And those were the words from Ricardo Rangel (Mozambique) that struck me the most.
The opening of the 5th bi-annual Chobi Mela on 30th January 2009 was indeed an event to be remembered. As the curtains raised to commence the 3-week long series of expositions at 11 venues across the city, almost hundreds of visitors packed at the National Museum auditorium at the evening of the opening to celebrate a moment like no other. None would have been as wonderful an inaugural exhibition than that from the Nelson Mandela Foundation captioned “A Long Walk to Freedom: The Life and History of Nelson Mandela”.
But moving back to the ceremony itself, one would wonder what could have been so thrilling about speeches from photo maestros, activists, humanitarians and people from different places in the world. Well, for starters, I actually listened. Their words were sincere, honest, unadulterated. They urged the listeners to be moved, to be felt, to be remembered later.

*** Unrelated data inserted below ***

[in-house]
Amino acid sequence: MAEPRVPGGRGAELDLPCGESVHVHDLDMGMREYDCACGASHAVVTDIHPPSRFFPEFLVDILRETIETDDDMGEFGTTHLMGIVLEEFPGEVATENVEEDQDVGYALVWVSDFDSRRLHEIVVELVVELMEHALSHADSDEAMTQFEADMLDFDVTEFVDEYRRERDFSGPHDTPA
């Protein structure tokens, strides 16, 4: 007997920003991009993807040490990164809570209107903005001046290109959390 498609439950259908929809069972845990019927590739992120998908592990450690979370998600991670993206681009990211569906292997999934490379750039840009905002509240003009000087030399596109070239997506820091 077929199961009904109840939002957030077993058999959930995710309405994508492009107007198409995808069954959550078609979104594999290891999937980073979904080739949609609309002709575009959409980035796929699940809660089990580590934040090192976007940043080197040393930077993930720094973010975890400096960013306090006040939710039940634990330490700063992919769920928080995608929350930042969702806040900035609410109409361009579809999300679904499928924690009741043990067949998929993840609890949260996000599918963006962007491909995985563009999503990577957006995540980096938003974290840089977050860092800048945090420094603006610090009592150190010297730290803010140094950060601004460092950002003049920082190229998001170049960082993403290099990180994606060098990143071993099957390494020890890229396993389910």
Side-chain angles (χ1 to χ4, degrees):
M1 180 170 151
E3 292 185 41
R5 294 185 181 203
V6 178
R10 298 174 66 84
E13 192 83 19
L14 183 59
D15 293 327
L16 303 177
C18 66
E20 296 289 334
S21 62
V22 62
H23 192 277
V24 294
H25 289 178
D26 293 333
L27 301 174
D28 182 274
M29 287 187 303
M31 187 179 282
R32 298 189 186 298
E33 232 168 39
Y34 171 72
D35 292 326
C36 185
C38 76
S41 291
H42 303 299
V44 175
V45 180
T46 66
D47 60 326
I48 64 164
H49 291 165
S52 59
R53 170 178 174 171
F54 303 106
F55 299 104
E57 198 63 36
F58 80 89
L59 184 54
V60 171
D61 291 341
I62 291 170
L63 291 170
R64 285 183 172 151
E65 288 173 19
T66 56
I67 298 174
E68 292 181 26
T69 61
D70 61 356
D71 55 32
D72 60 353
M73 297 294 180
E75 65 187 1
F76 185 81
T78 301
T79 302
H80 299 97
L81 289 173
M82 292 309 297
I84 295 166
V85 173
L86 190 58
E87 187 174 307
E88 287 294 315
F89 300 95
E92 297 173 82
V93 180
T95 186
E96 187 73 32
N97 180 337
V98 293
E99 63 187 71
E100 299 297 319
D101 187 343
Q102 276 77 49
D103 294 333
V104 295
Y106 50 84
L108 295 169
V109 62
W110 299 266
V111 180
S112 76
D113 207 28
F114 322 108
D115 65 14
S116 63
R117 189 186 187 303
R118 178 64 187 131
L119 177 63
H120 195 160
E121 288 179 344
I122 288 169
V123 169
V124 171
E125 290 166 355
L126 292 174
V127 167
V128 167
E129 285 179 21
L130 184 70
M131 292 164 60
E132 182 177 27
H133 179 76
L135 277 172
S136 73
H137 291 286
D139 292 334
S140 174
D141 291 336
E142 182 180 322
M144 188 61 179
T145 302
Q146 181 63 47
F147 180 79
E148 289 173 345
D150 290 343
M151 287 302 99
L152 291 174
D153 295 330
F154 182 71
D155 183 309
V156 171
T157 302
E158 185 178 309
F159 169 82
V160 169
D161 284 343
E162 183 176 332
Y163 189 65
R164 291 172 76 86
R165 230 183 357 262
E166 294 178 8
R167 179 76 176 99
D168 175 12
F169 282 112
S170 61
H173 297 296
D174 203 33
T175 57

“Freedom” is not just another word one can play with. Its strength lies in its very articulation, a feeling that consumes us of who we are. Each one of us is a solider of freedom – in our worlds, in our cities, in our minds. Freedom is not only about wars, barb wires and Kalashnikovs; but rather a belief that encompasses our personae. We are in search of it wherever we go.
In whoever we become.
But the magic here lies in how photographers from different walks of life have portrayed freedom. It tells us how we all don’t see things the same way, how our definitions are undefined, how two people can feel the same way about the same things. As photographers, it is a responsibility with impact that can show us how others mark their freedom, how they perceive a word we loosely juggle at our fingertips.
Maybe that’s why Ricardo Rangel, the Lifetime Achievement Award winner of this year’s festival so aptly, so contently phrased:
“Photography is the best profession in the world”.